Wednesday, 16 January 2013

A Work In Progress

Stunning art by Liz Danforth.
I know it's been a while since I brought the subject up but, behind the scene's I am still busy chipping away at my very own Tunnels and Trolls house rules. Well, it's a little more than house rules and, it's proving to be a project on a much more grandiose scale than I had actually imagined when I set out about it.

For a long time now, I have had my own set of rules regarding weapons and armor that have allowed my characters to let their imaginations run wild in the apparel they wanted to face the perils of an adventurer. I do hope to post them sometime soon (along with the amendments that I have made for my new house rules, hence the reason of bringing it up) but, the long and short of it is that pretty much any weapon, no matter how elaborate you want to be with the detail can be thrown into a general category such as "axe", "club" or, "sword" (there are more categories but you get the idea) and, within that a sub-category that best fits it.

For example, I'm creating a character with an oriental theme. Katana's appeal to me as a player but I decide to go with something a little less cliché (but only slightly) and, settle on a pair of sai. Now in the broadest sense, they are swords. Very small swords granted, but the general make up of any dagger is not unlike a sword and would therefore see it in the sword family of weapons, with daggers being the appropriate sub category within that grouping. So, I look up daggers on my  "sword chart" to get the relevant statistics, and bingo! I now have sai's within my campaign. Katana's would have been no more difficult though, I'd just look along the same "sword chart"  until I reached the longsword sub-category for the relevant info.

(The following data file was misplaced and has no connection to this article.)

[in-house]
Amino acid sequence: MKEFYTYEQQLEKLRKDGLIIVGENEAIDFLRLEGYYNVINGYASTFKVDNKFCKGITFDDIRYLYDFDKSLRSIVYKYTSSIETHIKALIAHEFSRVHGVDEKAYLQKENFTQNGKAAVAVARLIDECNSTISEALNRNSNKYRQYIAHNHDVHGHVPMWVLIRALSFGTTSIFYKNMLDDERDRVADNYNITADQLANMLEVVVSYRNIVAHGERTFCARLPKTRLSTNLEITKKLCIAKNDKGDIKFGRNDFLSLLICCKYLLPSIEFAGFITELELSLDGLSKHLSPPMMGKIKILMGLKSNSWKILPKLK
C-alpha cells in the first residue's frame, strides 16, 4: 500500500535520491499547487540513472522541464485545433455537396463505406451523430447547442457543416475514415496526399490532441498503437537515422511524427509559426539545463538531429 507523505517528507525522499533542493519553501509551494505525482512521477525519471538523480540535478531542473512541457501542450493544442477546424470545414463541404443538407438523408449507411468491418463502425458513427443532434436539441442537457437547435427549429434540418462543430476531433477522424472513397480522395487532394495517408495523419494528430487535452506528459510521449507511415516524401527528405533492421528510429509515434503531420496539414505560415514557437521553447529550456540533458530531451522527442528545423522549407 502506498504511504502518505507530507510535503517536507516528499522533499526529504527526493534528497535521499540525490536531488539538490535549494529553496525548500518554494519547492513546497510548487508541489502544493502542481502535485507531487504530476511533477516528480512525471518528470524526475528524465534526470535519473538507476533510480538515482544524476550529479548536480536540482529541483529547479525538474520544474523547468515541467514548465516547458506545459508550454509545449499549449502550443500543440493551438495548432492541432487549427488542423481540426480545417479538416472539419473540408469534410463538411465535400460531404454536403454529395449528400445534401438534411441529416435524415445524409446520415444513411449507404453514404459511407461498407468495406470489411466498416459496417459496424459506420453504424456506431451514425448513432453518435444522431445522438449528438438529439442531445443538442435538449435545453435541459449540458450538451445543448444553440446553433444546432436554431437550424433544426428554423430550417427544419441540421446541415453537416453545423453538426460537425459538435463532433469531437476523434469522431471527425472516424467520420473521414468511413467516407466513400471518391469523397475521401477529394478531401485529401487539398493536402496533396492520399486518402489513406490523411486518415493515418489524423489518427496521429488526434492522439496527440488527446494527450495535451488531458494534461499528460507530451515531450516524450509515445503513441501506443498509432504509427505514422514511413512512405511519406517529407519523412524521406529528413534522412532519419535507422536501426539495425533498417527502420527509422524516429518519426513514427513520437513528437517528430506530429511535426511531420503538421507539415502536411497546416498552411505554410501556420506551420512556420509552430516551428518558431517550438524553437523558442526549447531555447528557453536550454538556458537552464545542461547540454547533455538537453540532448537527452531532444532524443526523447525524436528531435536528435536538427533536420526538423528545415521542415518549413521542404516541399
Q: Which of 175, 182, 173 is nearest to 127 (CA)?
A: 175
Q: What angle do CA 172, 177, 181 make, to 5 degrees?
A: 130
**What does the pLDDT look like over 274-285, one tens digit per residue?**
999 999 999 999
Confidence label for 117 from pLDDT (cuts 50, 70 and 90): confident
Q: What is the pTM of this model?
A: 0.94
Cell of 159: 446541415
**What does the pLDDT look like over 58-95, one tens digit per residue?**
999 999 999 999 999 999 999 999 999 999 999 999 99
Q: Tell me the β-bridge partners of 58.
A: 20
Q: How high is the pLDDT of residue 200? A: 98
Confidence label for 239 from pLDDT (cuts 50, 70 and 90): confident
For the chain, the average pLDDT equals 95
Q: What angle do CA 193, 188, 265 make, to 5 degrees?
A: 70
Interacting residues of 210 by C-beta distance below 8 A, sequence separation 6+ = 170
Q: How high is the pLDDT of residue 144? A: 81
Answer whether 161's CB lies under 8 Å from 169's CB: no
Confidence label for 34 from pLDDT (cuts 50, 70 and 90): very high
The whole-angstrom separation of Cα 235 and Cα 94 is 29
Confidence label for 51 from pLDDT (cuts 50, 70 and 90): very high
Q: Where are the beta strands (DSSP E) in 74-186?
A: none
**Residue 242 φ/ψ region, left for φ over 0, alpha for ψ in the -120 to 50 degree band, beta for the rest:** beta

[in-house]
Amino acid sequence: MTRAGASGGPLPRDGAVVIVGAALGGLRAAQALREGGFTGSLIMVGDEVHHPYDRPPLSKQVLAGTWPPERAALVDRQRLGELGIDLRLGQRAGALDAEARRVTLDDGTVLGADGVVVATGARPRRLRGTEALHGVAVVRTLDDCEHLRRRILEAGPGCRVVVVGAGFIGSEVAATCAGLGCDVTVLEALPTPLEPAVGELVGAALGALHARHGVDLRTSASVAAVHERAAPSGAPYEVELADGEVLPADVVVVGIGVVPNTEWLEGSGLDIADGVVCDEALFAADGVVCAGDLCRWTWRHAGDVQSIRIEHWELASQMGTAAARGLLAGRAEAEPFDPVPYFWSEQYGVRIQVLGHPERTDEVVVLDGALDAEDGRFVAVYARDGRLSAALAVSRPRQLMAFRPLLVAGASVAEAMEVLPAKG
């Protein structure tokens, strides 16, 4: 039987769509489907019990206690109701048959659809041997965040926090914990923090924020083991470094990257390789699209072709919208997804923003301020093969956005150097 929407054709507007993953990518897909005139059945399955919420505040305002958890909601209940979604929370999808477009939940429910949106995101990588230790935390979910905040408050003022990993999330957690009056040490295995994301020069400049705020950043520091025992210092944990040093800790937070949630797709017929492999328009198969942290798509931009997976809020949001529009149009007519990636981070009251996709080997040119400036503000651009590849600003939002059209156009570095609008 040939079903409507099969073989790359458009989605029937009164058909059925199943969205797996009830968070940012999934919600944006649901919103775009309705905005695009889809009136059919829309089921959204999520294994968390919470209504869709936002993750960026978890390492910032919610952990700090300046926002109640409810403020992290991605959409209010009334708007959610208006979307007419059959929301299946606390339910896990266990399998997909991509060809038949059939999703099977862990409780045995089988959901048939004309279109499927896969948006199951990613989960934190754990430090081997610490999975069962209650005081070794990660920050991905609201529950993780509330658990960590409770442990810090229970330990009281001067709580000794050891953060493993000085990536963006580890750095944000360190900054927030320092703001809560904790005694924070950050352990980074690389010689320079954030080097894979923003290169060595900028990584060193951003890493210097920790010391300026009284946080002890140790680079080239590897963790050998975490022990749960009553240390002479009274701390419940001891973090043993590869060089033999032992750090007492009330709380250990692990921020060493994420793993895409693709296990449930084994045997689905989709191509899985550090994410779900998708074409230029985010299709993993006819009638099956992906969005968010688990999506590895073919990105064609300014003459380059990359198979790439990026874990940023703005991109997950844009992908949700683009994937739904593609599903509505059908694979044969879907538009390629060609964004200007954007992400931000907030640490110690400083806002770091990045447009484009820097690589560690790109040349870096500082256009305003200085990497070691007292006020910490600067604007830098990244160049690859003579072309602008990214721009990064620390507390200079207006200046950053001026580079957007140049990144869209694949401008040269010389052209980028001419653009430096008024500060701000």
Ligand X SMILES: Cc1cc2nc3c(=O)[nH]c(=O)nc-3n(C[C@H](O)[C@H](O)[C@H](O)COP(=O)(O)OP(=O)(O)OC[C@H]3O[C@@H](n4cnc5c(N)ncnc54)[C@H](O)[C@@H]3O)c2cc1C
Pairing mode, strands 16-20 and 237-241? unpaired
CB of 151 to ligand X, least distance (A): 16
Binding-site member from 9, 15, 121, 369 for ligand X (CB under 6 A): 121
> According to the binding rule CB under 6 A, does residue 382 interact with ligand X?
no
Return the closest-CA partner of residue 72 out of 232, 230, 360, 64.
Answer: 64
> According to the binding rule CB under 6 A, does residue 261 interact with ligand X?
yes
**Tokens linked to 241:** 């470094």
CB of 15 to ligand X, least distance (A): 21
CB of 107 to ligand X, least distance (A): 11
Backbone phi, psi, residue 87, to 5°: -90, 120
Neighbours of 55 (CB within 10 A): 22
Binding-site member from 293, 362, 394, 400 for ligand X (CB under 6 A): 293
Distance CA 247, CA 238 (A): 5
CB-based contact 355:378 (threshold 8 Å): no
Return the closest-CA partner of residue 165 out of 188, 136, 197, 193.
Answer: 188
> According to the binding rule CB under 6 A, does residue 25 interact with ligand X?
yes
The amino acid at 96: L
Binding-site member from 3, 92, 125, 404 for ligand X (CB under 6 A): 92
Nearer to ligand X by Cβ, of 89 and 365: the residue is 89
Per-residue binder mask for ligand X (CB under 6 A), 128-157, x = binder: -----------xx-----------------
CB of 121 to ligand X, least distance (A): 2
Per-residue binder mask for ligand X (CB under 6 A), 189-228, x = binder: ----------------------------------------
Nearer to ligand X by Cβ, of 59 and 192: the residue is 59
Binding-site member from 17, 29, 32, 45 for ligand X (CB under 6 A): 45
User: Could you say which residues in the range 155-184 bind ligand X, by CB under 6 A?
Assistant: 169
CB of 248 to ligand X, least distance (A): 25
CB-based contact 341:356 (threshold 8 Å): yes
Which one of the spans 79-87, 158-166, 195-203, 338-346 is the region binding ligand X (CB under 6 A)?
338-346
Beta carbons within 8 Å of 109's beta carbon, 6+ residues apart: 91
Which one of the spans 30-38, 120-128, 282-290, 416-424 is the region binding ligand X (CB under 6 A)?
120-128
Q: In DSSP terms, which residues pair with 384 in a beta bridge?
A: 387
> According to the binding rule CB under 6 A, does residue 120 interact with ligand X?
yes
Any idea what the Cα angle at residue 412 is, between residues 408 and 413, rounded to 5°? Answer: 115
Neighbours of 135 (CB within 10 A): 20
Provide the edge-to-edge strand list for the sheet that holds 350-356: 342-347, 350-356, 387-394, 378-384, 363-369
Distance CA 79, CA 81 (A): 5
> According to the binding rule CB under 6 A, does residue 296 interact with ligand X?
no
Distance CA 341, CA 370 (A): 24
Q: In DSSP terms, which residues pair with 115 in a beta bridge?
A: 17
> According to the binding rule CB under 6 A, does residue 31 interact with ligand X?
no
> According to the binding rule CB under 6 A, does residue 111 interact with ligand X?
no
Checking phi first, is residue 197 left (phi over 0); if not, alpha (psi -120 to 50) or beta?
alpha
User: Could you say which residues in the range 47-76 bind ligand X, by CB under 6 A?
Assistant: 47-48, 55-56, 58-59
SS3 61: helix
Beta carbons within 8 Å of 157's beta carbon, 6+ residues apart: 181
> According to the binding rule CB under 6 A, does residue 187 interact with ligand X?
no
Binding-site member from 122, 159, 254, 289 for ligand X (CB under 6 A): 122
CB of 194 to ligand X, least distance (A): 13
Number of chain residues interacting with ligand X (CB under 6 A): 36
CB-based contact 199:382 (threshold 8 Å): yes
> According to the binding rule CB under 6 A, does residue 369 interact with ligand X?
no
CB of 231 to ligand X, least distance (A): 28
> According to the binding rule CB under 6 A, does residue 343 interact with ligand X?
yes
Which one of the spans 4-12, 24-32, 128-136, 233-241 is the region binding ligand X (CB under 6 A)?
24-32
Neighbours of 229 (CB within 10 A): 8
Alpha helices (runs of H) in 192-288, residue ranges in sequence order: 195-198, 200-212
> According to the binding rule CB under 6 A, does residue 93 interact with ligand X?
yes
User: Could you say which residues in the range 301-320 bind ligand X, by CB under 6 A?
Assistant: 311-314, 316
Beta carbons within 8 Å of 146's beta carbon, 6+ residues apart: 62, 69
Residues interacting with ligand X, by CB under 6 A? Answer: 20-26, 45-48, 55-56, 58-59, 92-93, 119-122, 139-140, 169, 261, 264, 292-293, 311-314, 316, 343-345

Armor's just as simple too in my books, where it matters less what shape it takes (that's an aesthetic choice between the GM and the player) when compared to the material that it is made of. After all, a lot of what gives armor it's protective qualities is the material used in it's construction. So, as I see it, there is very little significant difference in the protective properties of say iron plate versus iron mail, as long as they are both covering the same area. It's still iron!

Which leads me nicely to what I have been working of late, which is a series of modifiers to those rules, that allow the player (and GM of course) to manipulate the quality of a weapon, the material it is made from, and the individual intended to wield it (before these had all been steel / wood weapons of standard quality made by humans, for humans).

This has been more time consuming and difficult than I had thought it would be to accomplish (mostly because I no longer have a lot of my original notes on how I arrived at certain conclusions) but, after a lot of work, I finally have my old tables sussed. At least for the close quarters weapons. I've even made a couple of improvements on the old figures.

There is of course still a lot of work to do and, for the time being at least I am a little more focused on my setting, rather than the crunch behind it, which itself has come on leaps and bounds in the past 24 hours.

Whilst still very much at the drawing board stage, there is at least enough in the way of ideas to share now and some good solid bones to flesh out. That though, is the subject for another post (coming very soon).


  1. Glad to see you back to posting...not gonna get to a Million by taking 3 weeks off!

    1. Lol, too true.

      Certainly needed the break though. Had such a severe case of writers block of late it's been untrue! All those ideas, no way of getting them out. Talk about a back up. :0/.

      Still, I'm one of those folks that solved a problem that had been bugging many for years, even a lifetime with a stray thought and 5 minutes to myself, so you better believe that I still have plenty more to come besides. ;0).

      May have to set myself a more realistic pace though. A little part of me went a wee bit overboard off the bat. Lol.

    2. yup - one a day at the some of those up for your slow thinking days

    3. Good call. That and the days I just can't get online for any real amount of time because of work and what not.